For quite some times in the past, the pseudo modernists refused to acknowledge anything that they could not apprehend and tried to build up an attitude of contempt against traditional system of medicine. They could, to a certain extent, keep the system confined to the services of the Adibashis and the poor people in India. But the essence of Ayurveda created a global awareness and is now the most widely recognized traditional system of medicine of Indian origin. The world has started realizing that, Ayurveda has got something to contribute to the ailing humanity. The global population is travelling India in search of better health through Ayurveda. Guess, not many houses will be found in India where an Ayurvedic product has not reached ever, it might be in the form of cosmetics or drugs; but the scenario is not all the same with surgical stream of Ayurveda. The society is still not comfortable with the term ‘Ayurvedic surgery’. Only a few high-end people suffering from some typical ailment, search for ‘Ayurvedic surgeon’ when they come to know that the particular condition is not easily curable by conventional western method of treatment or is hazardous. Many a people visit Ayurvedic hospitals across the nation for surgical treatment without even knowing that an Ayurvedic surgeon is going to operate on them. Ayurvedic medicinal treatment especially panchakarma has attained a global awareness making India a destination for health tourism but the contribution of Ayurvedic surgery in national economy is still not measurable. Let me elaborate few reasons for this.

  • As of now, Ayurvedic surgery is confined to few pockets like ksharasutra application is various types of fistula and sinus, Agnikarma (thermo-cauterization), Raktamokshana (blood-letting therapy), marma chikitsa (comparable to orthopaedic and pain management), vrana chikitsa (wound management) etc. No serious thought is given to go beyond to these specialities.
  • The surgery is not only about cutting and closing; it is preceded and followed by pre-operative preparation and post-operative management respectively. These involve issues like vaccinations, anaesthesia, IV fluid management, blood transfusion etc. The present national legal guidelines are not supportive to Ayurvedic surgeons in all the cases.
  • Not all medical insurance providers reimburse the expenditure of surgery performed by an Ayurvedic surgeon, forget about cashless benefit.

People often wonder about the contribution of Ayurvedic surgeon in modern healthcare service. Allow me to elaborate this doubt a little more. Any surgical or so called parasurgical procedure performed by an Ayurvedic surgeon can be performed by a modern surgeon also but the reverse is not the same; then why people will consult an Ayurvedic surgeon for their treatment; this may sound like a lay-man’s talk but I do believe this doubt is still relevant in the community as a whole. Science is a dynamic process but most of the Ayurvedic surgeons do find practically no training module to upgrade their knowledge and skill other than ksharasutra related issues.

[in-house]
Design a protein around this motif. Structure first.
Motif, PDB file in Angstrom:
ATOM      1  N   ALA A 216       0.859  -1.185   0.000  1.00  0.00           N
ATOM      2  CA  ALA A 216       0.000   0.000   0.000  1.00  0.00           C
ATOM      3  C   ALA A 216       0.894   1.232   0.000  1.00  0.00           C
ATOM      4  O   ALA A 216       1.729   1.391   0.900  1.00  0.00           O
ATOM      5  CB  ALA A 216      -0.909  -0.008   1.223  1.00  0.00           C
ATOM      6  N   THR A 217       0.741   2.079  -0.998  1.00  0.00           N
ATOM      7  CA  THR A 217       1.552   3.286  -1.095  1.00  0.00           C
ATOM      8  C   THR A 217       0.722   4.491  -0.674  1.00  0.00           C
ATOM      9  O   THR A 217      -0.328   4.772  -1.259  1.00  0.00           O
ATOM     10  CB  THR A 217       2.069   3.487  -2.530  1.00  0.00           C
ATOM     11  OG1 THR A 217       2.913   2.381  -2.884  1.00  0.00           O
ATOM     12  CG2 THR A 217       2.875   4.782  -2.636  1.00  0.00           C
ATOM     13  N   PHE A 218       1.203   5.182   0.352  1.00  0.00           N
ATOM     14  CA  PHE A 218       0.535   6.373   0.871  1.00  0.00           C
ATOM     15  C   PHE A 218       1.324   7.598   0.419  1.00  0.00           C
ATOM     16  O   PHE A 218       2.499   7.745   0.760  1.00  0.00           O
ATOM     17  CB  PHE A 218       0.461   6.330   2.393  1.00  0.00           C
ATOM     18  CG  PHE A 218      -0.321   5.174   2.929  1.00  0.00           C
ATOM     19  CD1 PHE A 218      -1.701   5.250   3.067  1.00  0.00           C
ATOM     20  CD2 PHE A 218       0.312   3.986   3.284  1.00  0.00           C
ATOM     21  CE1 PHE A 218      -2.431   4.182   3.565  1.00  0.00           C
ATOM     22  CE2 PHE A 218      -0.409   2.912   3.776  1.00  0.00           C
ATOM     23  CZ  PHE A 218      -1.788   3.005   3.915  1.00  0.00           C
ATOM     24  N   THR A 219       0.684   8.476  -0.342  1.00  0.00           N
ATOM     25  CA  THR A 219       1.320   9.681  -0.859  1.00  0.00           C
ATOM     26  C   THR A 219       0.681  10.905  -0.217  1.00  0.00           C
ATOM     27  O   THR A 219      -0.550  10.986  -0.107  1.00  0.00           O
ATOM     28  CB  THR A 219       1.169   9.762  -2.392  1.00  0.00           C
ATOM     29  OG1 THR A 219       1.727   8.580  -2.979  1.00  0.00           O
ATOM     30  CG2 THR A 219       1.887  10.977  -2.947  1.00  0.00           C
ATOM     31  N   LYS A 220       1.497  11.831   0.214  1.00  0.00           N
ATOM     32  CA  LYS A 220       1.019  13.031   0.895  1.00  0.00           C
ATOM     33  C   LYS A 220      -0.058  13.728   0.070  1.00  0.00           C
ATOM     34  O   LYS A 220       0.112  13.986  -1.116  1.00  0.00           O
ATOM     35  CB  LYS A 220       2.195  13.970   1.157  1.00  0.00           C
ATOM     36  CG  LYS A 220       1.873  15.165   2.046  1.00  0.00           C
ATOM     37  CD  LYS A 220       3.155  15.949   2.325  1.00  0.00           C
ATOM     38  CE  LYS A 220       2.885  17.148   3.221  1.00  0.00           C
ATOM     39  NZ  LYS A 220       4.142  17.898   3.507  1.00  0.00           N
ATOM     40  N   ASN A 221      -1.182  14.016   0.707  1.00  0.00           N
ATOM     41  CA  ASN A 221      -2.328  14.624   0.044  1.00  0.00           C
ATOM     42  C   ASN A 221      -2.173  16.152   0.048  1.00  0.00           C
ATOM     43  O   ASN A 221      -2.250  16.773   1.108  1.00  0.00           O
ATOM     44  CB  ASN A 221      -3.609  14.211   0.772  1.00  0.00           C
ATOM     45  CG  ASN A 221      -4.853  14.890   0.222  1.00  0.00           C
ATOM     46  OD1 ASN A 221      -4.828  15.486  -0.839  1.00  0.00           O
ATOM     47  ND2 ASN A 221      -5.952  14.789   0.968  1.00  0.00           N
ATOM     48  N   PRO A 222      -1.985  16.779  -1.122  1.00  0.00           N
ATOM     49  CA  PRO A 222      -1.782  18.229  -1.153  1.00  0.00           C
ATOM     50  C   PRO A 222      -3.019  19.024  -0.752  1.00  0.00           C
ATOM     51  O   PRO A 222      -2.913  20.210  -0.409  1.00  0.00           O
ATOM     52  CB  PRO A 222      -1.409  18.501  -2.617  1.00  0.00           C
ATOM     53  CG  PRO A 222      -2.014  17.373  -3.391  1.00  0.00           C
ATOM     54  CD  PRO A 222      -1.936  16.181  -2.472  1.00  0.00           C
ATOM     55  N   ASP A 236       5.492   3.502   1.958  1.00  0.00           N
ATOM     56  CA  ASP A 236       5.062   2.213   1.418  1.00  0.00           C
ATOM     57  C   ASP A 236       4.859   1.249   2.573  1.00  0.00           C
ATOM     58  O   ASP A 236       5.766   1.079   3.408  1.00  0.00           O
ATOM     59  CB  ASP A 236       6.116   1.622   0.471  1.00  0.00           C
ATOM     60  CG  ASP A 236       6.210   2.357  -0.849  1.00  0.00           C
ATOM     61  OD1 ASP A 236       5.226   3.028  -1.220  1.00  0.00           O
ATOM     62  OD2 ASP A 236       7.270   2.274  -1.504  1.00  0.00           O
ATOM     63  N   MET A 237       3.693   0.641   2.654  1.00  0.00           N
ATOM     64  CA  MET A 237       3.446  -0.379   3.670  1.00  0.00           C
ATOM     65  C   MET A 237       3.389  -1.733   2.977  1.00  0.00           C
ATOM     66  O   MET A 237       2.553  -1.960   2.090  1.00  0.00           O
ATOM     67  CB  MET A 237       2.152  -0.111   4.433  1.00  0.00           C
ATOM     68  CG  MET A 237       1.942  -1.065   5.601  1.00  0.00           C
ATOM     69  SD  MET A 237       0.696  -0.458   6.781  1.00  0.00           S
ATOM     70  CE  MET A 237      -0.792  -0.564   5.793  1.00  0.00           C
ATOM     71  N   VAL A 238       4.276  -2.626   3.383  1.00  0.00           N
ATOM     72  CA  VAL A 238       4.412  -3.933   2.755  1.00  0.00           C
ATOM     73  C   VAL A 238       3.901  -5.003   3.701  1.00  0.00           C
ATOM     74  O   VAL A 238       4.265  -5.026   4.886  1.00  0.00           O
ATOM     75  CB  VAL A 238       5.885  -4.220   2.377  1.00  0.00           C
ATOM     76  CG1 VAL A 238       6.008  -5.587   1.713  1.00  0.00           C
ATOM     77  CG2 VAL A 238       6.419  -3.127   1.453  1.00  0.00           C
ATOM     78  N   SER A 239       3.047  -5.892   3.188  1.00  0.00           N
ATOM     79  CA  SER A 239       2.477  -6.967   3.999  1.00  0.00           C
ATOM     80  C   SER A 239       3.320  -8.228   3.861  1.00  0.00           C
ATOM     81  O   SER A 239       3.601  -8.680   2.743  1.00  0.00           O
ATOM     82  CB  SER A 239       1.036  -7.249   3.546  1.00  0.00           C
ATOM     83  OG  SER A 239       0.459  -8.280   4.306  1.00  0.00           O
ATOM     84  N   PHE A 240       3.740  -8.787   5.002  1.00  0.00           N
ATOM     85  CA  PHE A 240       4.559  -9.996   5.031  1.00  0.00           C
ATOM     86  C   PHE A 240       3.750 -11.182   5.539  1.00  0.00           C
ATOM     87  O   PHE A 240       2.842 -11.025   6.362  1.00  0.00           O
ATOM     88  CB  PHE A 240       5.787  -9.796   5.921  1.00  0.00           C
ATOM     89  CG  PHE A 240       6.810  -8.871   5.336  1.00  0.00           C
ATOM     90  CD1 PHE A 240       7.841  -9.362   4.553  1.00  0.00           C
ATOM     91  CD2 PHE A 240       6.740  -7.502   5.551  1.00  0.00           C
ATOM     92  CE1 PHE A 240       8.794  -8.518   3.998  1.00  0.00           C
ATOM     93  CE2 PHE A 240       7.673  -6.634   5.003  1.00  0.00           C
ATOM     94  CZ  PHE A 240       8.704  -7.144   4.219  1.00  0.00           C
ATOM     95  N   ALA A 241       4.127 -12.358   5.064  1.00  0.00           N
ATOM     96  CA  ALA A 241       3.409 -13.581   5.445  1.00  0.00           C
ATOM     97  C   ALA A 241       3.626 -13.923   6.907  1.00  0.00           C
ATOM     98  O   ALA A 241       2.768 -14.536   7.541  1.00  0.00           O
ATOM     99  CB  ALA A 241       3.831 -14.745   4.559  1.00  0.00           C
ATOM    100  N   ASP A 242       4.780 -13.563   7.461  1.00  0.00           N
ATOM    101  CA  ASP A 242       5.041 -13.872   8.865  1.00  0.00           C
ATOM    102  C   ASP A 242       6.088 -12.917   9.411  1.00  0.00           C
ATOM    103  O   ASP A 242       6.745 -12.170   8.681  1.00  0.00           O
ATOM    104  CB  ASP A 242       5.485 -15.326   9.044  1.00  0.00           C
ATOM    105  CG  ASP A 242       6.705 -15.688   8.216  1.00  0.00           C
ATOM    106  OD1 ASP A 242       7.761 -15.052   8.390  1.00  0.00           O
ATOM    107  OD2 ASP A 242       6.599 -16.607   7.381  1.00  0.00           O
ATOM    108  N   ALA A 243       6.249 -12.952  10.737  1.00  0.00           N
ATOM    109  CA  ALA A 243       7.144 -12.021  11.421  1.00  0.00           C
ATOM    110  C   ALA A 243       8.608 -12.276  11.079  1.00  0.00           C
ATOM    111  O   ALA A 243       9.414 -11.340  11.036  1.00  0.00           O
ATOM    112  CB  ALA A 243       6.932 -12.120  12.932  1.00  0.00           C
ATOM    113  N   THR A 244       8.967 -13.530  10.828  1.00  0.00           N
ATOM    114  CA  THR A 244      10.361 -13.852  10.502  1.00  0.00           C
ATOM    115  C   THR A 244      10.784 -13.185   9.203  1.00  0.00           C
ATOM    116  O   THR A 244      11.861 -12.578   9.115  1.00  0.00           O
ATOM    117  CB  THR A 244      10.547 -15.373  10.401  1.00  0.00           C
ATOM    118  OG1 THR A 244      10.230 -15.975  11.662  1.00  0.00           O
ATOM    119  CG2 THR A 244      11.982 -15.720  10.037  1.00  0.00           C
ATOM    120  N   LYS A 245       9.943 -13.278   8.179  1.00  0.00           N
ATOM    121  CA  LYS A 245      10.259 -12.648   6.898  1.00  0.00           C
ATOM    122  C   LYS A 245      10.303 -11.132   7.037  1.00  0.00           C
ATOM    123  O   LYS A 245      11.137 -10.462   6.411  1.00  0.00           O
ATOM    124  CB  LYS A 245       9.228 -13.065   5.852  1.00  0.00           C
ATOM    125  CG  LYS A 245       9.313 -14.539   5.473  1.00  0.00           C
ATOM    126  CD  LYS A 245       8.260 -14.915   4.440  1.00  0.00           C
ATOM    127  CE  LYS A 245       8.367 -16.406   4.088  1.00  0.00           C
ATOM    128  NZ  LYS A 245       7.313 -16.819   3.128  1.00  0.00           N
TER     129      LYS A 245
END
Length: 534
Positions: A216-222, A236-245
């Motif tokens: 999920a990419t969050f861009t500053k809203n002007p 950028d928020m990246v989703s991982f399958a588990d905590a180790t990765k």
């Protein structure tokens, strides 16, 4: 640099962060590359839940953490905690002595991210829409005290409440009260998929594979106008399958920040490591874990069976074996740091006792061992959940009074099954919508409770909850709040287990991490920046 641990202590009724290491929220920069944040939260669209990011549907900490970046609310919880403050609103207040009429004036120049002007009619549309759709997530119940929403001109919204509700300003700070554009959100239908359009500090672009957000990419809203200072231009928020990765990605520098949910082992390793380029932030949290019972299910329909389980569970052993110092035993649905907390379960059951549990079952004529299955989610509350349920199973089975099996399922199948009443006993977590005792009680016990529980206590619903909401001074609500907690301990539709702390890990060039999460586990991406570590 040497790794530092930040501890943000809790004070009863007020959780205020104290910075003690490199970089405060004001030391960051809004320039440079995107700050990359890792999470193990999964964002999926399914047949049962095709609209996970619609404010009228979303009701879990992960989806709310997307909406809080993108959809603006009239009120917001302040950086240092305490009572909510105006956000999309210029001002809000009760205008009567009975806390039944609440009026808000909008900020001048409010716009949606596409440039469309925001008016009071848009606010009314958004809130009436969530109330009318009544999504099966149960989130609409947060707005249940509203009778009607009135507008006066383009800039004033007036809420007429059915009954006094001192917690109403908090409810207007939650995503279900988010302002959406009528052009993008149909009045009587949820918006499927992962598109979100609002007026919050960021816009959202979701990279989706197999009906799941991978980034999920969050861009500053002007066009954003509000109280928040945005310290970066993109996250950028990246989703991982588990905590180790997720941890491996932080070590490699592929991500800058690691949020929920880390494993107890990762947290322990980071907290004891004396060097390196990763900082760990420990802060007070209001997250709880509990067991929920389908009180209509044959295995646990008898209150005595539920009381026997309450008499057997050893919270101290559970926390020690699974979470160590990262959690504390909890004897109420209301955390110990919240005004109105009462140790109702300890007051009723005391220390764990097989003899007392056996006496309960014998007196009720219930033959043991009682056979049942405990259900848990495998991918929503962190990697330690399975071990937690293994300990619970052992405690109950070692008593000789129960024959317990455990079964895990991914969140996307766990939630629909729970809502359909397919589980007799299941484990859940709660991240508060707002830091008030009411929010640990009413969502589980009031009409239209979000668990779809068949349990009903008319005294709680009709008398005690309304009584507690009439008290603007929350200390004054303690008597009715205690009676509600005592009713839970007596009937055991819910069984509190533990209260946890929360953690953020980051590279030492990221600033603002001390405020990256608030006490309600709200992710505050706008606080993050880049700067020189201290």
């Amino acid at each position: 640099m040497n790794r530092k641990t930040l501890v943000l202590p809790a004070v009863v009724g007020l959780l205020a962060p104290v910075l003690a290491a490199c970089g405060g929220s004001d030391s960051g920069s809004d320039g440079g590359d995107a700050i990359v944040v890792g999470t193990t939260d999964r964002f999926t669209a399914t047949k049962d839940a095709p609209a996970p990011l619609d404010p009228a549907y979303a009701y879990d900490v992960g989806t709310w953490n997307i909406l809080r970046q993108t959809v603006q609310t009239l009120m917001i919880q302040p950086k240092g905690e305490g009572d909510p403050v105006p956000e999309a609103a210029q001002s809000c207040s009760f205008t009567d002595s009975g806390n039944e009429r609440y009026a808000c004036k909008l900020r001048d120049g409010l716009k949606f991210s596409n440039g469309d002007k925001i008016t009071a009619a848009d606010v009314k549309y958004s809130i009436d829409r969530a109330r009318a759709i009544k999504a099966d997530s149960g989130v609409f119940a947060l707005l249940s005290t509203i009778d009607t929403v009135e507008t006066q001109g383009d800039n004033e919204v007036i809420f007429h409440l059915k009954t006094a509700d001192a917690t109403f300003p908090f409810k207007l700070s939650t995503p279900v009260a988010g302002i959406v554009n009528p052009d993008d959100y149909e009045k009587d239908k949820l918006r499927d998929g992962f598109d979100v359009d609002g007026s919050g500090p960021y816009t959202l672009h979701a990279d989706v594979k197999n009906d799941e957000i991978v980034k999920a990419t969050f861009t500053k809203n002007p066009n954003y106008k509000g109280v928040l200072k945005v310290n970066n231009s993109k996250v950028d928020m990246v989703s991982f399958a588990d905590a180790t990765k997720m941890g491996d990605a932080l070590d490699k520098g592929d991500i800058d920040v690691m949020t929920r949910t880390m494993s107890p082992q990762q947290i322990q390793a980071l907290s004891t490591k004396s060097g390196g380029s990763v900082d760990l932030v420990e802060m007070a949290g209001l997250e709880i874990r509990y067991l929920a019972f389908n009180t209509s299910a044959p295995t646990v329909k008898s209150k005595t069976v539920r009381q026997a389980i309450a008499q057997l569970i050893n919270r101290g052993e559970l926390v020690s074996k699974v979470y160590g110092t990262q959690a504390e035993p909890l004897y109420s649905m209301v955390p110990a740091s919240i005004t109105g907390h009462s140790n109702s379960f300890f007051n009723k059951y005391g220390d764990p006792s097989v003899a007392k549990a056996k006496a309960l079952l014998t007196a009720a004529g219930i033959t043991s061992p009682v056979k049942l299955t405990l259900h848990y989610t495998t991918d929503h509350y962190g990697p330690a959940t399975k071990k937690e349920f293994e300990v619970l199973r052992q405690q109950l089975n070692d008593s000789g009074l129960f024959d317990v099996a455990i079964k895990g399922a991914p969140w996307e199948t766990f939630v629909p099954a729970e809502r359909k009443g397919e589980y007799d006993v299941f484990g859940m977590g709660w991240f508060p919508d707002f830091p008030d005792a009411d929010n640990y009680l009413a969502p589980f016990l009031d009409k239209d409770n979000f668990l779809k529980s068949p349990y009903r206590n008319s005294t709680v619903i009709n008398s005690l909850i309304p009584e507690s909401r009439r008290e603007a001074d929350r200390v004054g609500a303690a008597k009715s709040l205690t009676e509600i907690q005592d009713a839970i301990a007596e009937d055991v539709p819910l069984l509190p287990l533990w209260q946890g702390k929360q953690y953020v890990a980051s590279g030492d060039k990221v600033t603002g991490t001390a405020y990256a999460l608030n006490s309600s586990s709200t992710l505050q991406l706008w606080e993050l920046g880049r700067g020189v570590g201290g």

In a country where a qualified surgeon is scarcely available in the vast rural community, we are still awaiting to bridge the gap with this alternatively trained skilled human resource. I do believe if policies are supportively framed, the Ayurvedic surgeons will prove themselves competent to serve the community more effectively at least at the district level hospitals. I propose to the policy makers of this country through this article to give a serious thought to this issue. I also do believe that, Ayurvedic fraternity is supposed to indulge themselves in fundamental surgical research based on the principles and theories of Ayurveda. There are numerous ideas available in ancient books. The ancient Indian surgeons have introduced many fundamental techniques to the world, the modern Ayurvedic surgeons of India have yet more to give if they are nurtured supportively.

References:

  • Ray A, Gaur BL (2010), Methodological study of surgery in Ayurveda, PhD thesis submitted to the faculty of Ayurveda, Rajasthan Ayurveda University.
  • Sinh Jee HH Bhagvat (1998), History of Hindoo Medical Science, Logos Press, New Delhi.
  • Buddha Prakash (1964) Political and social movements in ancient Panjab (from the Vedic age up to the Maurya period), Motilal Banarsidass, New Delhi. India
  • Srikantha Murthy KR (2002), Sushruta Samhita, Chaukhambha Orientalia, Varanasi, India
  • Leonardo RA (1943), History of Surgery, Forben Press, New York, USA.
  • Udupa KN (1961), Principles of General Surgery, Benaras Hindu University Press, Varanasi, India